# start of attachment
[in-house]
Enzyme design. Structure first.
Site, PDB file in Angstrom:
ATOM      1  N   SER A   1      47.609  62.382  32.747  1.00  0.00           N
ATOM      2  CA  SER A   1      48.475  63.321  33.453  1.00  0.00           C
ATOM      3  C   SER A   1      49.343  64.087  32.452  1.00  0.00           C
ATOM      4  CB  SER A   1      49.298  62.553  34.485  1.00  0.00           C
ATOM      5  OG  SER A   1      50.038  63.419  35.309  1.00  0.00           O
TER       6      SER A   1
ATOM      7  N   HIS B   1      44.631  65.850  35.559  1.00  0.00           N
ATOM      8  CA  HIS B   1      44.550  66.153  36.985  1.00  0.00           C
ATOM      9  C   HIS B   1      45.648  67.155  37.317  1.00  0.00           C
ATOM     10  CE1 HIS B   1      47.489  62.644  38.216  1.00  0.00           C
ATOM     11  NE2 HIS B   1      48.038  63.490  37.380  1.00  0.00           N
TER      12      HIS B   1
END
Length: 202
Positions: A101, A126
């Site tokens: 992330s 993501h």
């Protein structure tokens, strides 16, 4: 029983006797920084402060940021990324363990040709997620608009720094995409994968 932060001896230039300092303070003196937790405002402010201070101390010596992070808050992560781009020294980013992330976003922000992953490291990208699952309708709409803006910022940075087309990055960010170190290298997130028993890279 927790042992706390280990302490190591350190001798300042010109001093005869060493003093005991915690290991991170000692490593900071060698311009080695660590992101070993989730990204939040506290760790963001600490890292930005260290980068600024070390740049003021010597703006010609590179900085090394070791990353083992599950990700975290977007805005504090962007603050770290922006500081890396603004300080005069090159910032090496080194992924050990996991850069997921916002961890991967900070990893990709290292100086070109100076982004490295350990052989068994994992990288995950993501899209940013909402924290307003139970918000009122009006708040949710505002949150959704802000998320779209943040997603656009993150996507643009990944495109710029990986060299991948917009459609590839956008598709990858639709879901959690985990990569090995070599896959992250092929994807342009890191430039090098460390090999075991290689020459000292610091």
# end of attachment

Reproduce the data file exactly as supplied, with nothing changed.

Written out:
[in-house]
Enzyme design. Structure first.
Site, PDB file in Angstrom:
ATOM      1  N   SER A   1      47.609  62.382  32.747  1.00  0.00           N
ATOM      2  CA  SER A   1      48.475  63.321  33.453  1.00  0.00           C
ATOM      3  C   SER A   1      49.343  64.087  32.452  1.00  0.00           C
ATOM      4  CB  SER A   1      49.298  62.553  34.485  1.00  0.00           C
ATOM      5  OG  SER A   1      50.038  63.419  35.309  1.00  0.00           O
TER       6      SER A   1
ATOM      7  N   HIS B   1      44.631  65.850  35.559  1.00  0.00           N
ATOM      8  CA  HIS B   1      44.550  66.153  36.985  1.00  0.00           C
ATOM      9  C   HIS B   1      45.648  67.155  37.317  1.00  0.00           C
ATOM     10  CE1 HIS B   1      47.489  62.644  38.216  1.00  0.00           C
ATOM     11  NE2 HIS B   1      48.038  63.490  37.380  1.00  0.00           N
TER      12      HIS B   1
END
Length: 202
Positions: A101, A126
């Site tokens: 992330s 993501h």
């Protein structure tokens, strides 16, 4: 029983006797920084402060940021990324363990040709997620608009720094995409994968 932060001896230039300092303070003196937790405002402010201070101390010596992070808050992560781009020294980013992330976003922000992953490291990208699952309708709409803006910022940075087309990055960010170190290298997130028993890279 927790042992706390280990302490190591350190001798300042010109001093005869060493003093005991915690290991991170000692490593900071060698311009080695660590992101070993989730990204939040506290760790963001600490890292930005260290980068600024070390740049003021010597703006010609590179900085090394070791990353083992599950990700975290977007805005504090962007603050770290922006500081890396603004300080005069090159910032090496080194992924050990996991850069997921916002961890991967900070990893990709290292100086070109100076982004490295350990052989068994994992990288995950993501899209940013909402924290307003139970918000009122009006708040949710505002949150959704802000998320779209943040997603656009993150996507643009990944495109710029990986060299991948917009459609590839956008598709990858639709879901959690985990990569090995070599896959992250092929994807342009890191430039090098460390090999075991290689020459000292610091």